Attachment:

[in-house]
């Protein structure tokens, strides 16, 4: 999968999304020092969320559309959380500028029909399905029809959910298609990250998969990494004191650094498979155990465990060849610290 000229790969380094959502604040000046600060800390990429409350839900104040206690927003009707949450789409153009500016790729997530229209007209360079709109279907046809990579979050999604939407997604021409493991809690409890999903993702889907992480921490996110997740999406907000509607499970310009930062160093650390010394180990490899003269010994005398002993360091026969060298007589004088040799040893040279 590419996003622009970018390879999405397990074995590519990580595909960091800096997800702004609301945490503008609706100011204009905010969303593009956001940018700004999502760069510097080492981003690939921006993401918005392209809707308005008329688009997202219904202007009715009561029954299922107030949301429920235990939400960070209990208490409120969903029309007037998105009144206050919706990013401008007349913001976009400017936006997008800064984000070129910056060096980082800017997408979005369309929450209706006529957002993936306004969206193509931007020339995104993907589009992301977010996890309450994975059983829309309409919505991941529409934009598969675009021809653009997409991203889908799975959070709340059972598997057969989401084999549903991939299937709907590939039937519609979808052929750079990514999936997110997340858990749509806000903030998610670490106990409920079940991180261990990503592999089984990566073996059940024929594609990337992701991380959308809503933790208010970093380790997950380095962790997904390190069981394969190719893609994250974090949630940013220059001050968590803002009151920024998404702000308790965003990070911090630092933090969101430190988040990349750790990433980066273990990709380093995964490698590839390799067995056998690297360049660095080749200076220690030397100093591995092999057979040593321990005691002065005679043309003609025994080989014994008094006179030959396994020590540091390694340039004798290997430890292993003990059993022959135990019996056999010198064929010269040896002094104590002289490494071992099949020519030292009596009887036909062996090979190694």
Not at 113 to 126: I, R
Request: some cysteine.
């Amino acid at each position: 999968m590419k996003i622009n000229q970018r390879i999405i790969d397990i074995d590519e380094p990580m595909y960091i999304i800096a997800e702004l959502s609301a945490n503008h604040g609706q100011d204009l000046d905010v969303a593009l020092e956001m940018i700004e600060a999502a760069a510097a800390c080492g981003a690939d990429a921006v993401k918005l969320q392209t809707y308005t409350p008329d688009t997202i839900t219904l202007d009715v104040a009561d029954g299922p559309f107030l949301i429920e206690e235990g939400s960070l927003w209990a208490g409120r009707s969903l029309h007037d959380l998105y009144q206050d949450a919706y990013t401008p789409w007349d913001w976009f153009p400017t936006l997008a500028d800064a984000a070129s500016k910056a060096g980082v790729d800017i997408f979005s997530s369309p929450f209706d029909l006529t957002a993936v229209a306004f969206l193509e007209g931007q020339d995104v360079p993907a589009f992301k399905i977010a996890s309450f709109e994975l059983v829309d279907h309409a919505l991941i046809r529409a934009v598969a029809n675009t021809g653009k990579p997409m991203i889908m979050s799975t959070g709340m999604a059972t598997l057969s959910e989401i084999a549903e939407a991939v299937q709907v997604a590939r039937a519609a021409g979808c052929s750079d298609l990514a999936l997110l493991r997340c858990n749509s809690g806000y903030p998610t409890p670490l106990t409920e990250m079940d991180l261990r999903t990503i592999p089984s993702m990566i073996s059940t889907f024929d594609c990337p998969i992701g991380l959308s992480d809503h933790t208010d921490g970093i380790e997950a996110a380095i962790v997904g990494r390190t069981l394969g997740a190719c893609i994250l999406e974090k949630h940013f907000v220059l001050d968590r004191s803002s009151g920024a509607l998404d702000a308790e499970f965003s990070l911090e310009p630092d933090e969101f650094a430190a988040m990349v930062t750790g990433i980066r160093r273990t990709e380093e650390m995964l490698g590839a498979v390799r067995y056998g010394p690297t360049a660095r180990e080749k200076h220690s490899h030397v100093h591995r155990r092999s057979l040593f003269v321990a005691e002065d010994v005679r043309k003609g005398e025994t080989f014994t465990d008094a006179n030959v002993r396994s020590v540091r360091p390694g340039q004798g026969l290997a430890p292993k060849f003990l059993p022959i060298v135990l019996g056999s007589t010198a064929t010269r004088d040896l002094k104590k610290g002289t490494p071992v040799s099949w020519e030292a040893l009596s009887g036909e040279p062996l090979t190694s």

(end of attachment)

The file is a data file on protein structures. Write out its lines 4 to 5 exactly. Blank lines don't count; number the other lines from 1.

Request: some cysteine.
């Amino acid at each position: 999968m590419k996003i622009n000229q970018r390879i999405i790969d397990i074995d590519e380094p990580m595909y960091i999304i800096a997800e702004l959502s609301a945490n503008h604040g609706q100011d204009l000046d905010v969303a593009l020092e956001m940018i700004e600060a999502a760069a510097a800390c080492g981003a690939d990429a921006v993401k918005l969320q392209t809707y308005t409350p008329d688009t997202i839900t219904l202007d009715v104040a009561d029954g299922p559309f107030l949301i429920e206690e235990g939400s960070l927003w209990a208490g409120r009707s969903l029309h007037d959380l998105y009144q206050d949450a919706y990013t401008p789409w007349d913001w976009f153009p400017t936006l997008a500028d800064a984000a070129s500016k910056a060096g980082v790729d800017i997408f979005s997530s369309p929450f209706d029909l006529t957002a993936v229209a306004f969206l193509e007209g931007q020339d995104v360079p993907a589009f992301k399905i977010a996890s309450f709109e994975l059983v829309d279907h309409a919505l991941i046809r529409a934009v598969a029809n675009t021809g653009k990579p997409m991203i889908m979050s799975t959070g709340m999604a059972t598997l057969s959910e989401i084999a549903e939407a991939v299937q709907v997604a590939r039937a519609a021409g979808c052929s750079d298609l990514a999936l997110l493991r997340c858990n749509s809690g806000y903030p998610t409890p670490l106990t409920e990250m079940d991180l261990r999903t990503i592999p089984s993702m990566i073996s059940t889907f024929d594609c990337p998969i992701g991380l959308s992480d809503h933790t208010d921490g970093i380790e997950a996110a380095i962790v997904g990494r390190t069981l394969g997740a190719c893609i994250l999406e974090k949630h940013f907000v220059l001050d968590r004191s803002s009151g920024a509607l998404d702000a308790e499970f965003s990070l911090e310009p630092d933090e969101f650094a430190a988040m990349v930062t750790g990433i980066r160093r273990t990709e380093e650390m995964l490698g590839a498979v390799r067995y056998g010394p690297t360049a660095r180990e080749k200076h220690s490899h030397v100093h591995r155990r092999s057979l040593f003269v321990a005691e002065d010994v005679r043309k003609g005398e025994t080989f014994t465990d008094a006179n030959v002993r396994s020590v540091r360091p390694g340039q004798g026969l290997a430890p292993k060849f003990l059993p022959i060298v135990l019996g056999s007589t010198a064929t010269r004088d040896l002094k104590k610290g002289t490494p071992v040799s099949w020519e030292a040893l009596s009887g036909e040279p062996l090979t190694s």